It wasn't all arts for me this summer though. My health finally allowed me to get physical and I certainly took advantage of it. Swimming, biking, kayaking and playing music. Things were never better. My outdoor activities were interrupted briefly by a trip to the Mohegan Sun casino in Uncasville, Conn., for a corporate event. I was blown away by the enormity and quality of the facility there. I'm glad for all of the Native Americans in this country who seem to have struck quite a vein of success with casinos and hotels. I hope and pray that they'll take all of our money and buy the country back.
Even though we generally go to bed around 9 o'clock, on summer Mondays we make an exception. Our favorite local act, the Electric Waste Band, plays on Mondays at 10 p.m. just down the street in lovely and quaint Ocean Beach. Their repertoire includes a lot of the Dead and Dylan. One night caused great concern because the regular guitar player, Tyler, was unavailable. Rockin' Bob Harvey and Jose Cerrano filled in and delivered spectacular performances. We danced the night away knowing that the Electric Waste Band was safely wrapped up in their crazy fingers.
As the summer days and nights rolled on, I spent a lot of time at the very beach where I have spent virtually my entire life in San Diego. One glorious day I thought to myself, once again, that things had never been better. After a morning of riding my bike, playing the piano, working in the garden, checking in with Coach Wooden on the telephone and visiting with my parents who still live in the same house where I grew up, I filled the afternoon with kayaking at the South Mission Beach Sports Park. While I was breaking through the waves, this little teenaged surfer jumped on the wave that I was breaching and rode down the face of it, driving the nose of his surfboard right into the side of my leg.
I never want to see my own bones again. My left leg exploded as the muscles, tendons and ligaments took the brunt of the blow. I saw tissue floating away in the ocean. I used my arms as splints to keep parts of my leg from disappearing into the Pacific Ocean. A friend dragged me to the beach and we were met by lifeguards bearing a stretcher with ambulances on the way. Unfortunately, I was back in the hospital undergoing my 32nd operation. It set me back -- three weeks of bed rest and a month on crutches. Another reminder of how fragile it all is.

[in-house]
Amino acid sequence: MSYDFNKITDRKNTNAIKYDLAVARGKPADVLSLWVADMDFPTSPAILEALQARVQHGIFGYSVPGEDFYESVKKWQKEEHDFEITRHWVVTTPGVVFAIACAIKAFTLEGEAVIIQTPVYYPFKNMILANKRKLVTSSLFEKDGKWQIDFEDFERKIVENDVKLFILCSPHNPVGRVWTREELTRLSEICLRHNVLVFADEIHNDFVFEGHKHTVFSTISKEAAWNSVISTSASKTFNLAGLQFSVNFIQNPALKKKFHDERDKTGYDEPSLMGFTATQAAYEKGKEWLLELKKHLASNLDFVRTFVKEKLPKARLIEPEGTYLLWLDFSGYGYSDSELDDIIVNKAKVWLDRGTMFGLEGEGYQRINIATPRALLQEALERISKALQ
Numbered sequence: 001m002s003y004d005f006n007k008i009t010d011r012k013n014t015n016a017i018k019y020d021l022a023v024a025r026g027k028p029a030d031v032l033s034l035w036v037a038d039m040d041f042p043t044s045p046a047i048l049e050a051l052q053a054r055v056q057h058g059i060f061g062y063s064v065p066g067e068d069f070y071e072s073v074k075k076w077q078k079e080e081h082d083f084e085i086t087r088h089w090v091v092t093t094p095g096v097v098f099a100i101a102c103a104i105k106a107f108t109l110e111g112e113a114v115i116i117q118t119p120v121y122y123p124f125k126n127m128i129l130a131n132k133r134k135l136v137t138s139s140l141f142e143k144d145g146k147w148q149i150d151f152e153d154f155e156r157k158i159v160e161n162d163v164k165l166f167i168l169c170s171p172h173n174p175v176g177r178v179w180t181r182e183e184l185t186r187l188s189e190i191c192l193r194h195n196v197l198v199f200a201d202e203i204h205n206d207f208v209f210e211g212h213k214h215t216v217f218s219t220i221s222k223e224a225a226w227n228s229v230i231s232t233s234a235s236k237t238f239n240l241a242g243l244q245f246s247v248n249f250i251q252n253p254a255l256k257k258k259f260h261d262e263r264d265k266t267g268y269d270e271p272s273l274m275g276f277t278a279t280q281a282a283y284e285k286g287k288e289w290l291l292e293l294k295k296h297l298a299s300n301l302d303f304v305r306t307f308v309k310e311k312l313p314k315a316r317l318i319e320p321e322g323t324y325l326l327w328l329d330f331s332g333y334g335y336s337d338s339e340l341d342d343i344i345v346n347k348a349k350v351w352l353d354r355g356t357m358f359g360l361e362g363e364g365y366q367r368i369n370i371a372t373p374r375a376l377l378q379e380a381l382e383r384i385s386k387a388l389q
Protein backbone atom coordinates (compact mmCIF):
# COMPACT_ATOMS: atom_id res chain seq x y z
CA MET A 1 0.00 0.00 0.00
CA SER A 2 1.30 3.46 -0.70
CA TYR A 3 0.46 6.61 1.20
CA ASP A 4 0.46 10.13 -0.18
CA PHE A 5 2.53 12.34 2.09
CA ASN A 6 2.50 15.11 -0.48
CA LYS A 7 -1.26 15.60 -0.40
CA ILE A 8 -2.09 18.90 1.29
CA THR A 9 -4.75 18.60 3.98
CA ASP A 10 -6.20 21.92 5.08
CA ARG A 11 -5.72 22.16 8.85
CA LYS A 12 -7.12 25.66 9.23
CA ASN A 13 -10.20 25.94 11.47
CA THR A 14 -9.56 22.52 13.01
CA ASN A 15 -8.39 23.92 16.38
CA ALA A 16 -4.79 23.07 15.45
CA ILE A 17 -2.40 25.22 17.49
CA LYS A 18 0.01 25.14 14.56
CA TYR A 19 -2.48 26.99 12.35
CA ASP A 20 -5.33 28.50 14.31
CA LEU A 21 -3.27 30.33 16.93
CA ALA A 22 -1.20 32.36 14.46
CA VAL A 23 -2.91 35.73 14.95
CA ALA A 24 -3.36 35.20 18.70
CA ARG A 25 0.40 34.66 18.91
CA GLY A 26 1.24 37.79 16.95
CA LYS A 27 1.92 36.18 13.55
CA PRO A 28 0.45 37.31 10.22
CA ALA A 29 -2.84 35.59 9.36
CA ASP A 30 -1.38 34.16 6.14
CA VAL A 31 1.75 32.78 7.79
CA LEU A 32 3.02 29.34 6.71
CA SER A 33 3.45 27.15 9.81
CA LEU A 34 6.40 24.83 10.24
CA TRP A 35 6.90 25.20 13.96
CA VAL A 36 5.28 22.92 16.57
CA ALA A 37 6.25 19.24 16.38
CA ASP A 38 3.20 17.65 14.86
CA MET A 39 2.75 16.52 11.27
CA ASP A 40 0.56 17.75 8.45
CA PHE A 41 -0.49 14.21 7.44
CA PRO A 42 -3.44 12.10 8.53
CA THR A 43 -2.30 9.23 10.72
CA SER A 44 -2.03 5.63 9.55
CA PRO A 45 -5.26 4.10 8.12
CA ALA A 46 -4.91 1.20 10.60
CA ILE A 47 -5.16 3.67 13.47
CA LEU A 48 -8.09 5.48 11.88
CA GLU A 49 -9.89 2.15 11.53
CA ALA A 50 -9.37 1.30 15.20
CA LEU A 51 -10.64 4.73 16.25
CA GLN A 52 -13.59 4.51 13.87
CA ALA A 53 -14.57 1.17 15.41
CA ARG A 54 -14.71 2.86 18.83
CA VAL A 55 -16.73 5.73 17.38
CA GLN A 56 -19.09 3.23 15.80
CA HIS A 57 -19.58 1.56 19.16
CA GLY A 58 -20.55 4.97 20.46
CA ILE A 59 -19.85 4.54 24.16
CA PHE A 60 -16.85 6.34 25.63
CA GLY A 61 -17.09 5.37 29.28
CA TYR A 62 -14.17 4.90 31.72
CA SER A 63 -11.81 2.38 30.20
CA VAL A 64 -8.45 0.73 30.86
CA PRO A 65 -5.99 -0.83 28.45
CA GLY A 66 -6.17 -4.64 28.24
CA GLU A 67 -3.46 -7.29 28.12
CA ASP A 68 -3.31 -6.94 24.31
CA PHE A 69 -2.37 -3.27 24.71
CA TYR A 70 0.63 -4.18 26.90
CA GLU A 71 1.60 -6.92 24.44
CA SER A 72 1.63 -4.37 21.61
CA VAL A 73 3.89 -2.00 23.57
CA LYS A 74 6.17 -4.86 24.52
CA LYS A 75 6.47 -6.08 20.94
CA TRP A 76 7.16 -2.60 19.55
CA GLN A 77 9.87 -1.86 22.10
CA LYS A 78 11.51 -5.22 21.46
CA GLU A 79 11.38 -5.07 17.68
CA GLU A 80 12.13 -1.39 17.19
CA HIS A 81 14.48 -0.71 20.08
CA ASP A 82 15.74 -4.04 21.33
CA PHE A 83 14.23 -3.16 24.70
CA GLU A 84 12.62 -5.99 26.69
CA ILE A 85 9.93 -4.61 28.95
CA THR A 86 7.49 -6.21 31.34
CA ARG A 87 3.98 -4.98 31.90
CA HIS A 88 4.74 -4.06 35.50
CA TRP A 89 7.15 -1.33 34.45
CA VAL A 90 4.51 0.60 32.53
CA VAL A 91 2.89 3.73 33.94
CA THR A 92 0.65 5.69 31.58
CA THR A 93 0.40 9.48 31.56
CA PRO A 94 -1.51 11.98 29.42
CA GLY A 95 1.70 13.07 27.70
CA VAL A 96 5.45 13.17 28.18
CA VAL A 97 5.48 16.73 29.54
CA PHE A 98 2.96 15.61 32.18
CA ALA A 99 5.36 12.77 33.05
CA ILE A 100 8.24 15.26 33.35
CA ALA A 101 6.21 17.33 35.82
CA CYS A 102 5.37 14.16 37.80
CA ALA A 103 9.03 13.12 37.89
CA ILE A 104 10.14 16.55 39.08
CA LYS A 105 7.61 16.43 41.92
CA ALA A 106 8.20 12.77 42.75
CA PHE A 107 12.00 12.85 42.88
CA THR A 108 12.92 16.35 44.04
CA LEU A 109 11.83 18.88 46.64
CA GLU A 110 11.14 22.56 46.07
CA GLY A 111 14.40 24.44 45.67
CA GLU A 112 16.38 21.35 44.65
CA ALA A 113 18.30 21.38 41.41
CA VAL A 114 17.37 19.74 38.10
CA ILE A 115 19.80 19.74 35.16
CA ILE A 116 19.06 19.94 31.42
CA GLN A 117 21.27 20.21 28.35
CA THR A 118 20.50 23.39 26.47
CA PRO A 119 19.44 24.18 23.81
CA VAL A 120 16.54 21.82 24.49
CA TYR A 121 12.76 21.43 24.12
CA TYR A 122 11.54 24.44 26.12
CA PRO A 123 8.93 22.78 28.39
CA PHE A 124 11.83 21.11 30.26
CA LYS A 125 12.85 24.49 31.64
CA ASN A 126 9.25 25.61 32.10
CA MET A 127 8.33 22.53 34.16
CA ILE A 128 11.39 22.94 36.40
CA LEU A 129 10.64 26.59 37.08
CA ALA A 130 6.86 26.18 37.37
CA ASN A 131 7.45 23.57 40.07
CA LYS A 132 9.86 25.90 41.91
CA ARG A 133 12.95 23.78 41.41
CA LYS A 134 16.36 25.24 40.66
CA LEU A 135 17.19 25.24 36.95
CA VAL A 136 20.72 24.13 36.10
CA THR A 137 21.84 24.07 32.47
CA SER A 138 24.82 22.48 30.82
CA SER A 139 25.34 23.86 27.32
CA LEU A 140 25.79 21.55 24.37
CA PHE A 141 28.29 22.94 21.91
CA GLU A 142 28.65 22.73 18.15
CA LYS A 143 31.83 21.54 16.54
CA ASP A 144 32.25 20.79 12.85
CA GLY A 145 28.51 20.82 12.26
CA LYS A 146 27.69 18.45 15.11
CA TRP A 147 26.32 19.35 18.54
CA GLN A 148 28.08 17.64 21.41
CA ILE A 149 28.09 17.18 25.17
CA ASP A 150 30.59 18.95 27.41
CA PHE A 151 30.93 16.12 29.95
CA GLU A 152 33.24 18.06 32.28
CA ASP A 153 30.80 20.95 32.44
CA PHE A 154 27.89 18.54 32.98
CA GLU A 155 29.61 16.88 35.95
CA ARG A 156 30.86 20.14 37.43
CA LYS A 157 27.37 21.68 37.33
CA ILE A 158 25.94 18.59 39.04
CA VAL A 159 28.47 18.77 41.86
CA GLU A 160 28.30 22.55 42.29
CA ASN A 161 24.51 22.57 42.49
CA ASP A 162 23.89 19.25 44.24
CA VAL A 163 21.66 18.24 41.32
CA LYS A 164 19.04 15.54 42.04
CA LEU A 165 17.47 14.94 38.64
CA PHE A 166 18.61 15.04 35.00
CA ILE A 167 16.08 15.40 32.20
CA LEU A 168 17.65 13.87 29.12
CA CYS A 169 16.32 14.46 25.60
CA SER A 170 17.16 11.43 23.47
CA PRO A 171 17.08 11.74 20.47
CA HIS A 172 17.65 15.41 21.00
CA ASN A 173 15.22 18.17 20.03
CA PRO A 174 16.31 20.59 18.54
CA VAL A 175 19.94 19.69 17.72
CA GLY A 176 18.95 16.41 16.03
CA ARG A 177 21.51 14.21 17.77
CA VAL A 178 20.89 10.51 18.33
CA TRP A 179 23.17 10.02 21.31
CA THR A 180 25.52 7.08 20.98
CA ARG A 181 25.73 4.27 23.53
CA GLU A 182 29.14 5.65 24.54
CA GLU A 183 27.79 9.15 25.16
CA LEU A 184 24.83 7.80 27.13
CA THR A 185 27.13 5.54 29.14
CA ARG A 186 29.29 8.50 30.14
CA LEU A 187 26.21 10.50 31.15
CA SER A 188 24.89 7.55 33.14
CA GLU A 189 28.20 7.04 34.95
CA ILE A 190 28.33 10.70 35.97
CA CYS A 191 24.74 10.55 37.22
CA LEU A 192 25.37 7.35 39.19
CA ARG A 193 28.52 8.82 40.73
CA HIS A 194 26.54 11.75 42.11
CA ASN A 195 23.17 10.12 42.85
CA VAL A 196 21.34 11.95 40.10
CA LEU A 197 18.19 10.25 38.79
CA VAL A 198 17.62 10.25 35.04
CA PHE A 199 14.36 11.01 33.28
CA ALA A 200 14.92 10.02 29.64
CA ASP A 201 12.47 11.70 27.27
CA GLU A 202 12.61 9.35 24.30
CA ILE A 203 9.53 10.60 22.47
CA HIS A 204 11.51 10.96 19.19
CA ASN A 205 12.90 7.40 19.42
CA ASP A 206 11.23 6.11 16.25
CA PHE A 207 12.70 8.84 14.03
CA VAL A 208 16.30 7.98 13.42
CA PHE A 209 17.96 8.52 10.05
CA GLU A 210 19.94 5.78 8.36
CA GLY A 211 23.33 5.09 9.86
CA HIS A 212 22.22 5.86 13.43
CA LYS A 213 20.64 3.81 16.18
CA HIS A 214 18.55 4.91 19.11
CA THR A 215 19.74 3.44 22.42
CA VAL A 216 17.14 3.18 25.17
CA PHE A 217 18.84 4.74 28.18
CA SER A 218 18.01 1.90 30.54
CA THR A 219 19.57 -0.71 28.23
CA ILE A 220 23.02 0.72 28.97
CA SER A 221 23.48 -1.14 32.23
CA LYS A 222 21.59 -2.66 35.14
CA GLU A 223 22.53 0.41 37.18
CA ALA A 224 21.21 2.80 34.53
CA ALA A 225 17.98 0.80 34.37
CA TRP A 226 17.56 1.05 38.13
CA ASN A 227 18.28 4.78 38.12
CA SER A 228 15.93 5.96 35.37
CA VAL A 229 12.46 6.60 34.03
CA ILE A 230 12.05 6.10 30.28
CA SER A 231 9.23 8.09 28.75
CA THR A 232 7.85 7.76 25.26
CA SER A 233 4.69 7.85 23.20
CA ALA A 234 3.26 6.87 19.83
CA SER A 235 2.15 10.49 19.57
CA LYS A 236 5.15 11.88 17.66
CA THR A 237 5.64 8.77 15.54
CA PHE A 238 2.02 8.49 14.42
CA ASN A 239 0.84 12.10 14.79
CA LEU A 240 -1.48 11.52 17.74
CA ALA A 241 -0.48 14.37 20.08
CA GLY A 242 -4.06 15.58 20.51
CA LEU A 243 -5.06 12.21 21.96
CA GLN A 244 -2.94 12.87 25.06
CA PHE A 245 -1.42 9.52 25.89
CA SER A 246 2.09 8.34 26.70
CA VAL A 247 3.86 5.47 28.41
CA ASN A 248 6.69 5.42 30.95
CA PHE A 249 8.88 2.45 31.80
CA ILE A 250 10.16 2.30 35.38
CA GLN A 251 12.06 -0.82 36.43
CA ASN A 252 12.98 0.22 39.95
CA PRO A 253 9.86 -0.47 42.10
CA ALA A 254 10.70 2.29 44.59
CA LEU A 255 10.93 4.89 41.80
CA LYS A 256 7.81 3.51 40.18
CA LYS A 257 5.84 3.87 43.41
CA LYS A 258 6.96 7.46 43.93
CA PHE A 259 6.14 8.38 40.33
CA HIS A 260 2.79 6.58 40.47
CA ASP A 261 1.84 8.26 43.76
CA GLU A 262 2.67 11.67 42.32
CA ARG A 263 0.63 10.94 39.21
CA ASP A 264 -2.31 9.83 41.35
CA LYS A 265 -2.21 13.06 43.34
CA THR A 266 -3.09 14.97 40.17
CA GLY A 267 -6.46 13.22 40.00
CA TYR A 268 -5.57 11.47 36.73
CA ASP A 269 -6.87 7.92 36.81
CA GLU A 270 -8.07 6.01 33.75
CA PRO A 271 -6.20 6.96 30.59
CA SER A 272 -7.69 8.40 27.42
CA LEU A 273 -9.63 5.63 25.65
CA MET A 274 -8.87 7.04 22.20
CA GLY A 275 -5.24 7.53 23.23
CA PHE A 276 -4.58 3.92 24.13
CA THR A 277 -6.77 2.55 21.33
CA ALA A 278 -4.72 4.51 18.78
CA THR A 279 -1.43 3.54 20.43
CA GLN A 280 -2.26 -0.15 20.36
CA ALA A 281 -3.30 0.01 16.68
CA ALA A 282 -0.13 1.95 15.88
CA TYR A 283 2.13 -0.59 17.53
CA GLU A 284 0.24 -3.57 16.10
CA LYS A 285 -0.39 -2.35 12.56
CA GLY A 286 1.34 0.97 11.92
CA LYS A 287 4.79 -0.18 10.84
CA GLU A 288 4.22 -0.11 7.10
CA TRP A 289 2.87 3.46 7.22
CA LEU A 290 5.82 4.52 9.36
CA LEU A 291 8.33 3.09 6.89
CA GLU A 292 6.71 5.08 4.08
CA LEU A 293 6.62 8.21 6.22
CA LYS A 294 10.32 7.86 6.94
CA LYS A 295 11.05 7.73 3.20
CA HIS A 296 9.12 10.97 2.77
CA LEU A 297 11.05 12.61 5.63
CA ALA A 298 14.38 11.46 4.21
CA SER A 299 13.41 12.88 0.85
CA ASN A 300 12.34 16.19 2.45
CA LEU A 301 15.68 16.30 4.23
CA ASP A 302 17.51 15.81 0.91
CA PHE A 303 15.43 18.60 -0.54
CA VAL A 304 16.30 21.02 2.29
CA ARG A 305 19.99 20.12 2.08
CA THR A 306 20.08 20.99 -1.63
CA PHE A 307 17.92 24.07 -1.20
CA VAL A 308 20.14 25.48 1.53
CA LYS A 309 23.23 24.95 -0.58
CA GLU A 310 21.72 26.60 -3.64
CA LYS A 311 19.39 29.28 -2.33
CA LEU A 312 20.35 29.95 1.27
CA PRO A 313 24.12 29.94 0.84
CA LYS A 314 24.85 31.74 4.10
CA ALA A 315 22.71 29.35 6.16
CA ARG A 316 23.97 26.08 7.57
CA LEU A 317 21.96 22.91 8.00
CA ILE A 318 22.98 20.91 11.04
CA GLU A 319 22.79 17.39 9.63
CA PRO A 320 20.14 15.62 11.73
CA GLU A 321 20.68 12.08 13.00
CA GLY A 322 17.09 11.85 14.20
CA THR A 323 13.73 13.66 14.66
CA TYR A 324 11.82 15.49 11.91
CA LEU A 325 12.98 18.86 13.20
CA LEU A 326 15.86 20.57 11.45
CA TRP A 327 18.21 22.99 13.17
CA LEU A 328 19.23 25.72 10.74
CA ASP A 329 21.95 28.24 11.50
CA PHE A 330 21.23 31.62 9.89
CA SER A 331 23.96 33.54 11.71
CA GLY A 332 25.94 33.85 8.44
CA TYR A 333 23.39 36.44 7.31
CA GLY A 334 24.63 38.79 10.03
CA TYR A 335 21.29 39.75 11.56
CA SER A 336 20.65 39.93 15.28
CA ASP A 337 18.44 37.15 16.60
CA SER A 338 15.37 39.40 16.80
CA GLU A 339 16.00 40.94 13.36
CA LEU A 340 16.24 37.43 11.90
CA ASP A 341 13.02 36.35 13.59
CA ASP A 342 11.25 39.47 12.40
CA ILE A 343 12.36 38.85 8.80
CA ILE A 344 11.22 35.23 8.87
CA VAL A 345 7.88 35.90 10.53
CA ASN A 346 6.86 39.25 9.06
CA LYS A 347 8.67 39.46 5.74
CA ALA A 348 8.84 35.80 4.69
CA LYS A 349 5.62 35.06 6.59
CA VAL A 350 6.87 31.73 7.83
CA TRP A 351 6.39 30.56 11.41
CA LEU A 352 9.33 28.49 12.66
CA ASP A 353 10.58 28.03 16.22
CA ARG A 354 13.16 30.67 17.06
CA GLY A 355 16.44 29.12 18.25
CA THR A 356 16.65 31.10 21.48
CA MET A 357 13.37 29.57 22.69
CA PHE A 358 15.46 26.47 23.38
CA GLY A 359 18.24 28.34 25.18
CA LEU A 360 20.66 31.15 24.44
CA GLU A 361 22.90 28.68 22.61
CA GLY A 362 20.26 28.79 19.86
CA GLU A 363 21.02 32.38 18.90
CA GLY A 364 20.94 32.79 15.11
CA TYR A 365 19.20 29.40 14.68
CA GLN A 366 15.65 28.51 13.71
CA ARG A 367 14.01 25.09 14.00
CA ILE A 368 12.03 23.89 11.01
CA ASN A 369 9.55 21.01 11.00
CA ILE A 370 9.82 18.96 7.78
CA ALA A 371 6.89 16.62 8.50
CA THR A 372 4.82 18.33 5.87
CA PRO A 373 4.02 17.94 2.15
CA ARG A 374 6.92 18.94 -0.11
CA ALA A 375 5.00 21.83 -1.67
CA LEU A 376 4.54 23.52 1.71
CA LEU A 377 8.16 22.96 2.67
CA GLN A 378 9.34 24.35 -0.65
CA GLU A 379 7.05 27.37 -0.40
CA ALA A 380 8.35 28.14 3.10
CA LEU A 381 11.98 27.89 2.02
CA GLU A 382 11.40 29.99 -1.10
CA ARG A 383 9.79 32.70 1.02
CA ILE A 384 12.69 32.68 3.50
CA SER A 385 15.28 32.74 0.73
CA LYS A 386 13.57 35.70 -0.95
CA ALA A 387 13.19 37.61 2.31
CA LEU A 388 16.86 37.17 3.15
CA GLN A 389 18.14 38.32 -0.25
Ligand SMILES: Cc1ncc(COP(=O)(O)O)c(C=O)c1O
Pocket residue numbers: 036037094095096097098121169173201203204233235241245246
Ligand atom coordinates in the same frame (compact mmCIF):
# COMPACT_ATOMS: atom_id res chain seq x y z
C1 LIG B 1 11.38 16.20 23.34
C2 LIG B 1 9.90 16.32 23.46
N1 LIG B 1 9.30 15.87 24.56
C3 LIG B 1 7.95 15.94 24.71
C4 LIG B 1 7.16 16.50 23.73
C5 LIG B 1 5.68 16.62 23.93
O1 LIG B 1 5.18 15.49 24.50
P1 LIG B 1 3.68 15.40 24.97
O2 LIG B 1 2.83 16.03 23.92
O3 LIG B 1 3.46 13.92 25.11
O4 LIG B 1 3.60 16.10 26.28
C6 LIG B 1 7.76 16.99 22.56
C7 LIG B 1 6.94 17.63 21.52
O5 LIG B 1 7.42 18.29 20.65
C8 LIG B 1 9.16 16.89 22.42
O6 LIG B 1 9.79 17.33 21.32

Anaphylactic shock and sensibility
I managed to fit in a few visits to the San Diego Hall of Champions, our local sports museum in beautiful Balboa Park. We enjoyed skateboarder Tony Hawk's presentation as part of the monthly speakers series as well as the unveiling of the new historical exhibits focusing on football and baseball in San Diego. But the highlight for me was the program by Dick Enberg on the time he spent over the years with San Diego native and hero Ted Williams.
Still on crutches from the Mission Beach fiasco, I had a doctor's appointment for the gaping hole in my leg (which ultimately linked all the other scars from my ankle to my knee). The checkup was positive and I went home to relax and read in our back patio. As I crutched my way out there, I felt something on my ear but thought little of it. Just as I settled into my chair, however, I became acutely aware that I had been stung yet again by a bee. I am deathly allergic to bees. Unfortunately, I could not get my new bee sting kit to function properly, forcing me to dial 911. As they wheeled me into the emergency room in a state of near unconsciousness, already deeply into anaphylactic shock, the nurses at Mercy Hospital smiled and said "Well, it's Tuesday afternoon. We were expecting you, Bill."
Fortunately, the bee sting experiences for me are only 24-hour nightmares. I was able to get back into some of my other summer activities rather quickly. For the last four years or so they have included some local political activism as I join my neighbors in protesting the expansion of the San Diego Zoo. There are few things more satisfying in life than the ability of communities to come together and fight for the quality of life that we have all come to expect in our great state of California.